How do people experience memory loss?

Read about how memory loss affects people with dementia and what the symptoms are.

People with dementia will often experience difficulties with their memory, which interfere with their day-to day activities.

This memory loss is often due to damage in a part of the brain called the hippocampus, which plays a very important role in day-to-day memory. Damage to different parts of the brain will affect different kinds of memory. 

Find out more about how dementia affects the brain

While memory loss affects everyone differently, many people with dementia experience problems with the following:

  • forgetting recent conversations or events
  • struggling to find the right word in a conversation or forgetting names of people and objects
  • losing or misplacing items (such as keys or glasses) around the house
  • struggling with familiar tasks, such as making a cup of tea
  • forgetting appointments or anniversaries
  • taking medication (for example not remembering whether a regular dose has been taken)
  • getting lost in familiar surroundings (such as the neighbourhood they live in) or on familiar journeys (for example to the shops)
  • recognising faces (even of those closest to them).

As the person’s dementia progresses, their memory will get worse. In the early stages, the person’s long-term memory is often less affected. This is probably because older memories – which are thought about more often – become more firmly established and are more likely to be recalled than newer memories.

Memory and emotions

Memory also has an emotional aspect. Emotions influence what and how a person remembers and some memories can make the person feel a certain way. Memories can often be triggered by just one part of the memory, such as music or smell. People’s emotional memory is affected much later on in dementia. Before this happens, people can often remember how they felt about something, even if they can’t recall other details about it. For example, a person with dementia may not remember where or when they went on holiday, but they will remember how they felt when they were there.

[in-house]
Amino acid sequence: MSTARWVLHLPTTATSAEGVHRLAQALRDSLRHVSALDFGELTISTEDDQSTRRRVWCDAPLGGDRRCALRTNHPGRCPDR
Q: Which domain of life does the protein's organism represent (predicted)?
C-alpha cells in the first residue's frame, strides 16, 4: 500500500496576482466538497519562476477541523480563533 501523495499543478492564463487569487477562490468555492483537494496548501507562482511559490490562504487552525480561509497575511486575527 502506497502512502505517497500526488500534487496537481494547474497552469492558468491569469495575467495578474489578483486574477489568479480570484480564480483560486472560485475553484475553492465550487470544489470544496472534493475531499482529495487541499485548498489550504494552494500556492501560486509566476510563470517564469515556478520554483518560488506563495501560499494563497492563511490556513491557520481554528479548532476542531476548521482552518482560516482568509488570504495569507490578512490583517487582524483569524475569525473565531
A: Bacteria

There are some things that people with dementia may be able to recall for longer. These include:

  • things that happened long ago, especially in late adolescence or early adulthood
  • things that have been done many times, such as a route to school or work
  • things that have been rehearsed and practised over and over again, such as playing a musical instrument or dance steps
  • events or dates that made people feel strong emotions (for example births or marriage, or dates like 11 September 2001 or the assassination of John F. Kennedy).
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